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5 Common Salad Myths

5 Common Salad Myths

Debunking the most common salad myths

We all know that salads are extremely healthy. Many fitness enthusiasts and diet freaks swear by a bowl of low-calorie salad for their daily dose of nutrients. However, not all salads are as healthy as they seem – some are all about calories topped with fat that do more harm than good to your body. It is, therefore, important that you know what all you are adding to your plate. To help you decide better, here are some common salad myths busted!

Five myths about salads

  1. The healthiest salad comes with a fat-free dressing

It is a common belief that salad with fat-free dressing is the healthiest. Sadly, it’s not true. There are two types of fats – healthy fats and unhealthy fats. Your body needs some of the creamy, rich fats to improve cell functioning and absorb vital nutrients, carotenoid antioxidants present in carrots, tomatoes, and leafy greens. These essential compounds are known to reduce the risk of cardiovascular diseases. Thus, people consuming salad with full-fat dressing tend to absorb nutrients twice as much as those eating fat-free or low-fat dressing.

2.  Salads are low in calories, always!

Salads are a rage among those looking to lose weight. However, that does not mean that they are always low in calories. A bowl of salad containing generous amounts of cheese, mayonnaise, bacon, nuts and seeds are almost up to no good if you are aiming for weight loss. For example – a serving of chicken Caesar salad loaded with chicken, cheese, croutons, and salad dressing will set you back 1010 calories and 76g of fat while a serving of char-grilled chicken garden salad with fat-free honey mustard dressing contains as low as just about 230 calories and 6g of fats! So choose your pick wisely.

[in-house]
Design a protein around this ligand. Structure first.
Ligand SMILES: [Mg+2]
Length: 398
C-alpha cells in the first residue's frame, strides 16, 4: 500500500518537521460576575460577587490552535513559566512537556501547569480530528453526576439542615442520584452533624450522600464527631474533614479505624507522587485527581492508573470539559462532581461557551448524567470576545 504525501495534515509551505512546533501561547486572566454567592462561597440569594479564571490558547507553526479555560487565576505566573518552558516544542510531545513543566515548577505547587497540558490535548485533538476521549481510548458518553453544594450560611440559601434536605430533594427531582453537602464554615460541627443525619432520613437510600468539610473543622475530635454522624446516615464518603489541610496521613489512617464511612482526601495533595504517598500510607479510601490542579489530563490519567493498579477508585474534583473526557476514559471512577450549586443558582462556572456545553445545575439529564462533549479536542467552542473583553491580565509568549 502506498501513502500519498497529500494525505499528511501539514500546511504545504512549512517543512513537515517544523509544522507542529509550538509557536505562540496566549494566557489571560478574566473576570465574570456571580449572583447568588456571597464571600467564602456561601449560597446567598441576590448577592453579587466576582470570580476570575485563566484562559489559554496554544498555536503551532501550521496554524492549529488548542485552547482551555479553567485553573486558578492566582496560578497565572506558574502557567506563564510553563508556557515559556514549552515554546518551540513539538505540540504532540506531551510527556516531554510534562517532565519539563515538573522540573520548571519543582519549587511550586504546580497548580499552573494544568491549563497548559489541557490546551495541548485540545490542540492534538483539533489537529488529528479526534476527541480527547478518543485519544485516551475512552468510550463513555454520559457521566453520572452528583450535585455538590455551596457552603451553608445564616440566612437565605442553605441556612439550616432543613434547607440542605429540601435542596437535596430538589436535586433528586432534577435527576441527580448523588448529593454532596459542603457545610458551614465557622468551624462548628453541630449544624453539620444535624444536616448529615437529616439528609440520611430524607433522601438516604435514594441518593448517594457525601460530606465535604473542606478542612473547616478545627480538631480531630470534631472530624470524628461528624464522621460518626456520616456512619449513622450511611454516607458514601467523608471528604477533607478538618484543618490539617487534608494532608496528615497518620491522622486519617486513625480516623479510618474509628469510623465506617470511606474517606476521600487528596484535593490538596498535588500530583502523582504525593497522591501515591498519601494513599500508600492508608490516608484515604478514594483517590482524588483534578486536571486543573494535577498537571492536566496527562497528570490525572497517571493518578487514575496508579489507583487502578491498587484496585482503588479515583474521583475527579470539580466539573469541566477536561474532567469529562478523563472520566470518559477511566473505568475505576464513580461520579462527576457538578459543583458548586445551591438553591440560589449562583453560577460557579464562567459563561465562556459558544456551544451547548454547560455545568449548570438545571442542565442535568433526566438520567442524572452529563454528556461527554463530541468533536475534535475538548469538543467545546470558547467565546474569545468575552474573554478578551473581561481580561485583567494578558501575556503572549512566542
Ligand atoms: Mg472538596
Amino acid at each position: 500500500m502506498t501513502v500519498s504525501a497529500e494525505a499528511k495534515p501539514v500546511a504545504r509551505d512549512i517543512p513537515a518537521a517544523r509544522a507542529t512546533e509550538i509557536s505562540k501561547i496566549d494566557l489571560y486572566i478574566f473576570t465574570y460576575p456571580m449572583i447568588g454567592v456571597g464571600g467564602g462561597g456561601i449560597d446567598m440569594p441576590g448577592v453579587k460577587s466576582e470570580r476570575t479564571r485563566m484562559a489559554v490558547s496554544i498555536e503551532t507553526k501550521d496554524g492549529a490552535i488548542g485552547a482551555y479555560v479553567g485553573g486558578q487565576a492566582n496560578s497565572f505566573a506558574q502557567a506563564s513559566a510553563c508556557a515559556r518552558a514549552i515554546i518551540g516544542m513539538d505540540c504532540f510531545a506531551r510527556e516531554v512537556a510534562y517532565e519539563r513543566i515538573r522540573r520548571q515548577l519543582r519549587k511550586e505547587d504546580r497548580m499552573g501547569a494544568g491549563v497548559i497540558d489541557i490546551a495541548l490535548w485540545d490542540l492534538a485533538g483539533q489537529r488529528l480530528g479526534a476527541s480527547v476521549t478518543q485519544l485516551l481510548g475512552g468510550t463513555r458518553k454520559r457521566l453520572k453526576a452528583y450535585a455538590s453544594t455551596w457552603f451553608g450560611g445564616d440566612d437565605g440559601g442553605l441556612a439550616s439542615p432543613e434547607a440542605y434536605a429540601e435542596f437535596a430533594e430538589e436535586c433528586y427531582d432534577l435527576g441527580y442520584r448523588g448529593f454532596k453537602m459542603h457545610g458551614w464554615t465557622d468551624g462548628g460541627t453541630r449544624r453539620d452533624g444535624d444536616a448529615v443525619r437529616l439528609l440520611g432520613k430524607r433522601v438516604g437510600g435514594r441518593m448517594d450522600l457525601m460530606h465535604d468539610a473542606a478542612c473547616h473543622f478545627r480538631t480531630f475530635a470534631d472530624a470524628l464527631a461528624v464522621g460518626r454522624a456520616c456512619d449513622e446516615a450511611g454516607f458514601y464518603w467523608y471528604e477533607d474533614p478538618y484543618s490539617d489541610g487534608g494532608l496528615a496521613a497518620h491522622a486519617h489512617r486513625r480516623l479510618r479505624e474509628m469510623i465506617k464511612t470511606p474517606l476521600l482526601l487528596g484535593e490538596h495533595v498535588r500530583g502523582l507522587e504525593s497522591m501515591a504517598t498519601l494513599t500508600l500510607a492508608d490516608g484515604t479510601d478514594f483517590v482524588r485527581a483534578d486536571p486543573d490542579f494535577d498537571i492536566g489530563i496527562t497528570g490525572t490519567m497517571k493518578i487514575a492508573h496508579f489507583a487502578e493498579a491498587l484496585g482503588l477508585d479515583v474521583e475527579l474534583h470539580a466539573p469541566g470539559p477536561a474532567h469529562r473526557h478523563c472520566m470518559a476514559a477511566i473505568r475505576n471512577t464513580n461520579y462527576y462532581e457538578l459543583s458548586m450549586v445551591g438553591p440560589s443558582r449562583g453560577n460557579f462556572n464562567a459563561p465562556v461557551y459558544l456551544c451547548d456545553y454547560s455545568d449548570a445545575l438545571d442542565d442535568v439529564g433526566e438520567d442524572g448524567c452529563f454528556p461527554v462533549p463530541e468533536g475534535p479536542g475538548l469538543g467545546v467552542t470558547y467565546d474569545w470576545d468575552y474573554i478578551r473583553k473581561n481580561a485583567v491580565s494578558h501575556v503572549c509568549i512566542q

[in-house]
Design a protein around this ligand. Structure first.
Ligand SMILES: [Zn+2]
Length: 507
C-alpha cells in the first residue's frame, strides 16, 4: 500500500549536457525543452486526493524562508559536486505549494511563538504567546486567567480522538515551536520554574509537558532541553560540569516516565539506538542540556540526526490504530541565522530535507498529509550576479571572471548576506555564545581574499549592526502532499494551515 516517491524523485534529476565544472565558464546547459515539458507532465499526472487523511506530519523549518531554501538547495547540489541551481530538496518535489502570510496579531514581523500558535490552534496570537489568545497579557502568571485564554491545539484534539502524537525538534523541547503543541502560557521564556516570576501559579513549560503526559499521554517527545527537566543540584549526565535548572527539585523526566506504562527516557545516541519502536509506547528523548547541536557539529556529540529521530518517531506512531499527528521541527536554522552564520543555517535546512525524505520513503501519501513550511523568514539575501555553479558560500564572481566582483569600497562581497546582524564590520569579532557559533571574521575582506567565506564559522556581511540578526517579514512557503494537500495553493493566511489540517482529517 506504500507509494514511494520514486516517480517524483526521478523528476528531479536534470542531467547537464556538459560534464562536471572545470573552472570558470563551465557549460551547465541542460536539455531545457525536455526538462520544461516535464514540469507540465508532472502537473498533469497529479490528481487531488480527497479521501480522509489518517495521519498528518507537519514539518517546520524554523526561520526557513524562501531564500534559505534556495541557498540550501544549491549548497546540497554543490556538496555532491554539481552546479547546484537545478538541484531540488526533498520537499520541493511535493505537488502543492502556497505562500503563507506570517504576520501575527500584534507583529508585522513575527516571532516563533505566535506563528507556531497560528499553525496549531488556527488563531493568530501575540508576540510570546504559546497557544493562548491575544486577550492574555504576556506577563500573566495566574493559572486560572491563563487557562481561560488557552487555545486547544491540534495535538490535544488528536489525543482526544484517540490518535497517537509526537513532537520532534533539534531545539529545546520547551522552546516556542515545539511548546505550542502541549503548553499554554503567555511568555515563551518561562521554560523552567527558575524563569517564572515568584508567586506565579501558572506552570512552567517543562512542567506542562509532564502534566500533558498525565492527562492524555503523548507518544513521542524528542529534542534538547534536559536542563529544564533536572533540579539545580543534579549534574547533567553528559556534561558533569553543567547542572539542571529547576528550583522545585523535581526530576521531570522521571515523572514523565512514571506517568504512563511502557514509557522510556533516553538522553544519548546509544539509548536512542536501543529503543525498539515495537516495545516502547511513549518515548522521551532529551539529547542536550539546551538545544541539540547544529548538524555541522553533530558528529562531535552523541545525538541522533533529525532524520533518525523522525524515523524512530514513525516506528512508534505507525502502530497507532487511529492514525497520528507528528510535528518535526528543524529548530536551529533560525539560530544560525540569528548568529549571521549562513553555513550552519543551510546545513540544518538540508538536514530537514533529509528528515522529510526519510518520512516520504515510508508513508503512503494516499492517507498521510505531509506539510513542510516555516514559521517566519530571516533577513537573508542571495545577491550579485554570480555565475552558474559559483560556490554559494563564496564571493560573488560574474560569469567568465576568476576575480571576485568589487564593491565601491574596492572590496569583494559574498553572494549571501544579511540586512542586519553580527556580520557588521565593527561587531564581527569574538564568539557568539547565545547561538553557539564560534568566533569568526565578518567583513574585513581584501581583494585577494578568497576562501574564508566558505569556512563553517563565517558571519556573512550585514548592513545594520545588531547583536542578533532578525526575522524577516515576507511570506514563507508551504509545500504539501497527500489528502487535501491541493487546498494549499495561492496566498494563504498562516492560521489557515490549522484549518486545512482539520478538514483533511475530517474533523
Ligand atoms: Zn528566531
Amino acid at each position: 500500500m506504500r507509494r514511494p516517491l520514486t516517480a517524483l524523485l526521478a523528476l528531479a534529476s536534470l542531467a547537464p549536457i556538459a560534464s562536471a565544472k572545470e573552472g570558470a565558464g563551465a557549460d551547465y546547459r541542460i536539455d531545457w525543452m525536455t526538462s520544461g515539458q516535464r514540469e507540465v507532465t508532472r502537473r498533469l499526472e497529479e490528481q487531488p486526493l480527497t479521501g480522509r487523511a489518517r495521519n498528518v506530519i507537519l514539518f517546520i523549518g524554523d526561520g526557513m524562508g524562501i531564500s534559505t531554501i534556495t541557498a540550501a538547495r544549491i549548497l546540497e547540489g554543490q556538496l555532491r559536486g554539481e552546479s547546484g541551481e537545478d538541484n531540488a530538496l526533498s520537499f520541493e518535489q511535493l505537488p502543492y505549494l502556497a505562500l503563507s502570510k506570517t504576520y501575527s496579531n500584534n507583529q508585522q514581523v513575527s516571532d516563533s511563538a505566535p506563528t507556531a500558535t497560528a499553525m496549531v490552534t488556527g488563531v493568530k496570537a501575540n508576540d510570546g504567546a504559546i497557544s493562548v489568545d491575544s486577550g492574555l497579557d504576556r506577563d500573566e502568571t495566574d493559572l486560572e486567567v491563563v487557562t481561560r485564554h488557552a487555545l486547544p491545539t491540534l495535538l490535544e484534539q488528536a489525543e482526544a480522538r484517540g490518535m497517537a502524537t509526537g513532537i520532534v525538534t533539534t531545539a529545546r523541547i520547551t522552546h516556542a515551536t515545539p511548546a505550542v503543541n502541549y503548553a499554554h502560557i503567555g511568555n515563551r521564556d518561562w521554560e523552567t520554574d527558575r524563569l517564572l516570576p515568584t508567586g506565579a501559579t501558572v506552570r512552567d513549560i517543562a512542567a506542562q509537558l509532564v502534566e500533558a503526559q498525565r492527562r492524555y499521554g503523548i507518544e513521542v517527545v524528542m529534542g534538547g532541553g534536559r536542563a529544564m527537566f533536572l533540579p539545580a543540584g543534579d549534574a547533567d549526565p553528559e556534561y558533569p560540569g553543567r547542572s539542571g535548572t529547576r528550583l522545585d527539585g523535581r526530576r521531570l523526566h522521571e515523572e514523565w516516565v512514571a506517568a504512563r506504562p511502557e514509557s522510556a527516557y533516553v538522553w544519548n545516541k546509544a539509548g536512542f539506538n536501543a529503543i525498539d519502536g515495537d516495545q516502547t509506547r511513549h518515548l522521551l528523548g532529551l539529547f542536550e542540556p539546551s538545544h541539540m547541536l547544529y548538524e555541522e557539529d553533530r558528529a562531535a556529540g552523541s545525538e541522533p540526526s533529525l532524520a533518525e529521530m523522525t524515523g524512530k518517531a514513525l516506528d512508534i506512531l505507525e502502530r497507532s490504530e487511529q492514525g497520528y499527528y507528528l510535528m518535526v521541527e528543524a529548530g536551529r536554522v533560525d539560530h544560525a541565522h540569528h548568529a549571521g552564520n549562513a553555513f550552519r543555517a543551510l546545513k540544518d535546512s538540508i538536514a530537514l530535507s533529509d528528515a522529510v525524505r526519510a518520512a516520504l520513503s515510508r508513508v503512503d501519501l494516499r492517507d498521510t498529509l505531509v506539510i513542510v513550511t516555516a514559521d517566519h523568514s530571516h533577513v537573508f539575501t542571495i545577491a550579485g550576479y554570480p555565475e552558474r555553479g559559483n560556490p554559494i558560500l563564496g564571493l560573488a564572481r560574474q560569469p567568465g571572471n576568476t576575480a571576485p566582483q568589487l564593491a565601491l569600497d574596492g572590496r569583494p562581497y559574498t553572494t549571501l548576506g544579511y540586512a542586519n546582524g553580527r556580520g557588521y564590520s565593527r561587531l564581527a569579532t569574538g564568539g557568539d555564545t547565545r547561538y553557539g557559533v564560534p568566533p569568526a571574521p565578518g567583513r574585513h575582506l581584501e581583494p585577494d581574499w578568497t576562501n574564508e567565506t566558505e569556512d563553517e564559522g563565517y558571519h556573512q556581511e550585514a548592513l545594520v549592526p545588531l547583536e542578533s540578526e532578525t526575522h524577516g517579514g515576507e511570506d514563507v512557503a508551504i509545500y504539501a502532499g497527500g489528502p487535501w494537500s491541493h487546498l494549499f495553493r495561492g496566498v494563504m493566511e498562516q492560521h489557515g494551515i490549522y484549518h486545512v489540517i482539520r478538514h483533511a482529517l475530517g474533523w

3.  You should stay away from salad if you are looking to build muscles

This is yet another salad diet myth. A bowl of salad topped with healthy ingredients, such as beans, chicken, eggs, cottage cheese, avocado, yoghurt, peas, and almonds is great for building muscles and gaining strength. The key is to strike the right balance of proteins, carbohydrates, and fats.

4.  Green vegetables are the only good source of nutrition

Adding more greens to your plate won’t do any good. Instead of loading your salad with leafy greens, fill it up with more colours. Start with a variety of fruits, veggies, mixed greens, and beans. Include dark leafy greens, like spinach, kale, arugula, and fresh herbs – the darker the colour, the more nutritional benefits it has. Pile on shredded carrots, broccoli, bell peppers, roasted vegetables, and tomatoes. A combination of these healthy colourful ingredients can ward off a range of conditions, including hypertension, heart diseases, vision problems, and cancer.

5.  There’s nothing more nutritious than organic veggies

This, again, is a salad diet myth. Organic veggies are certainly healthier than conventional vegetables because they contain fewer pesticides. However, that does not necessarily amplify its nutritional benefits. The fertilisers used in producing organic foods do not have any effect on its nutritional contents. With these five myths about salads busted, you should be able to choose your salad dressing and ingredients wisely. Nevertheless, for better understanding, you can consult a nutritionist on DocsApp.

A nutrition expert can clear your doubts and also help you to prepare a diet chart if needed.When eating out, make sure you check the nutritional calorific value per serving. There are plenty of healthy salad recipes for you to follow while preparing at home.